In an information-abundant world, it can be difficult to distinguish fact from fiction.
Misinformation is data that is inadvertently false and shared without intent to cause harm (Wang et al., 2019). More specifically, health misinformation can be defined as a claim contrary to the consensus of the scientific community, which allows for what is accepted as true to evolve as science advances (Swire-Thompson & Lazer, 2020). When misinformation about health and medical topics spreads rapidly and at scale, the consequences can be dire. These can include, but are not limited to, delayed care, financial exploitation and medical injuries (Finn 2019).
Because public trust in direct healthcare professionals remains high, it can be particularly consequential when these individuals spread misinformation (Swire-Thompson & Lazer, 2020). As speech-language pathologists, we can turn to the ASHA Code of Ethics for guidance on our role in the context of misinformation. For example, Principles of Ethics III states “Individuals shall honor their responsibility to the public when advocating for the unmet communication and swallowing needs of the public and shall provide accurate information involving any aspect of the professions.” Additionally, we can continue to utilize the best available information gathered from the scientific literature in accordance with the principles of evidence-based practice.
As individuals increasingly seek health and medical related answers online, misinformation can spread further and faster. The algorithmic design of search engines and social media varies search results from user to user and mixes mundane, sensationalized and critical medical information into a single feed (Donovan 2020). A 2018 study by Deshpande, Deshpande and O’Brien analyzed the portrayal of tinnitus-related information across Facebook, Twitter and Youtube over the span of a month. The authors documented significant amounts of misinformation about tinnitus across the platforms and advised audiologists to be prepared to direct patients to valid sources of information.
In 2020 at the start of the COVID-19 pandemic, the WHO declared a parallel “infodemic.” There is no quick fix to the medical misinformation mess and how to address it through clinician intervention (Southwell et al., 2019). Unfortunately, simply presenting facts may not be effective (Donovan 2020). In some circumstances, repeating a piece of misinformation with forceful pushback can in turn reinforce it. Instead, healthcare professionals may be mindful of patients’ prior medical experiences, take opportunities to actively listen and initiate conversations regarding what patients already know about their condition (Southwell et al., 2019).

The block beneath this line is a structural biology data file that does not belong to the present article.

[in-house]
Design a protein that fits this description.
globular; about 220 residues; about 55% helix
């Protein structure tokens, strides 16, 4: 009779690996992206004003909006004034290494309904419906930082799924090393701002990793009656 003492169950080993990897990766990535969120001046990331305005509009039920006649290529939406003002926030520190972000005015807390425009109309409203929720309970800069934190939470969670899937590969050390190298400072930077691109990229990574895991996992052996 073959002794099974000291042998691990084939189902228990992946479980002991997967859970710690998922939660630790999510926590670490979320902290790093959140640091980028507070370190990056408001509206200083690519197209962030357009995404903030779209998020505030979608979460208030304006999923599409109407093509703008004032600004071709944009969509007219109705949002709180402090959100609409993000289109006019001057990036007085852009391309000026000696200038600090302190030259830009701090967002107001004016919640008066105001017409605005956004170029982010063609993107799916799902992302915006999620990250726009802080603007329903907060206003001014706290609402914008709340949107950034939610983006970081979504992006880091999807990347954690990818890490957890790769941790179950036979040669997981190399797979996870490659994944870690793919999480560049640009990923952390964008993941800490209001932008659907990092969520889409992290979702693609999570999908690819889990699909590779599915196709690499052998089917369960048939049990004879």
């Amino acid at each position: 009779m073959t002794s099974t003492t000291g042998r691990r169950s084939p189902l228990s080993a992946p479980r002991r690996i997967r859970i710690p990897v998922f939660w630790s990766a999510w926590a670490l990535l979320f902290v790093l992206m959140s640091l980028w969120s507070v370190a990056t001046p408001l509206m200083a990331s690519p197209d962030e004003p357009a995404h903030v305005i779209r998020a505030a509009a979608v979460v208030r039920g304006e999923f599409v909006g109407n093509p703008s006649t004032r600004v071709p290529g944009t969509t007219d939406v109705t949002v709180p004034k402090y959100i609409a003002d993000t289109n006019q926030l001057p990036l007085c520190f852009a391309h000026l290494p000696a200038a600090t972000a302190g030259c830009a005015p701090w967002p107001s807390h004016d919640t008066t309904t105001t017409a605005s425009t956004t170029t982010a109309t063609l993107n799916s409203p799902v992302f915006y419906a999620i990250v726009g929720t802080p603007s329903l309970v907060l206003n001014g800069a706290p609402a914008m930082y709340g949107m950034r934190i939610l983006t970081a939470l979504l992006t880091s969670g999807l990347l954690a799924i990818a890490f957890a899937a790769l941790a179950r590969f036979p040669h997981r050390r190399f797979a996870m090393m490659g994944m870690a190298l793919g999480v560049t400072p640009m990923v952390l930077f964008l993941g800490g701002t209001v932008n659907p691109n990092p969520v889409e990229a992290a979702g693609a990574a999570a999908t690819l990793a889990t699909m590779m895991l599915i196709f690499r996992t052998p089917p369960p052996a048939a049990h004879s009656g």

Our team produced a self-study on the subject, and it’s available for you to work through online. Check out Managing Misinformation from an SLP Perspective to learn more on how to respond to inaccurate data when you encounter it in the workplace.
American Speech-Language-Hearing Association. (n.d.). Evidence-Based Practice (EBP). Retrieved June 13, 2021, from https://www.asha.org/research/ebp/
American Speech-Language-Hearing Association. (2016, March 1). Code of Ethics. https://www.asha.org/code-of-ethics/
Deshpande, A. K., Deshpande, S. B., & O’Brien, C. (2018). A Study of Social Media Utilization by Individuals With Tinnitus. American Journal of Audiology, 27(4), 559–569. https://doi.org/10.1044/2018_aja-18-0033
Donovan, J. (2020). Concrete Recommendations for Cutting Through Misinformation During the COVID-19 Pandemic. American Journal of Public Health, 110(S3), S286–S287. https://doi.org/10.2105/ajph.2020.305922
Finn, P. (2019). The Impact of Social Media on Communication Sciences and Disorders: A Need for Examination and Research. Perspectives of the ASHA Special Interest Groups, 4(2), 224–227. https://doi.org/10.1044/2019_pers-st-2019-0001
Southwell, B. G., Niederdeppe, J., Cappella, J. N., Gaysynsky, A., Kelley, D. E., Oh, A., Peterson, E. B., & Chou, W. Y. S. (2019). Misinformation as a Misunderstood Challenge to Public Health. American Journal of Preventive Medicine, 57(2), 282–285. https://doi.org/10.1016/j.amepre.2019.03.009
Swire-Thompson, B., & Lazer, D. (2020). Public Health and Online Misinformation: Challenges and Recommendations. Annual Review of Public Health, 41(1), 433–451. https://doi.org/10.1146/annurev-publhealth-040119-094127
Wang, Y., McKee, M., Torbica, A., & Stuckler, D. (2019). Systematic Literature Review on the Spread of Health-related Misinformation on Social Media. Social Science & Medicine, 240, 112552. https://doi.org/10.1016/j.socscimed.2019.112552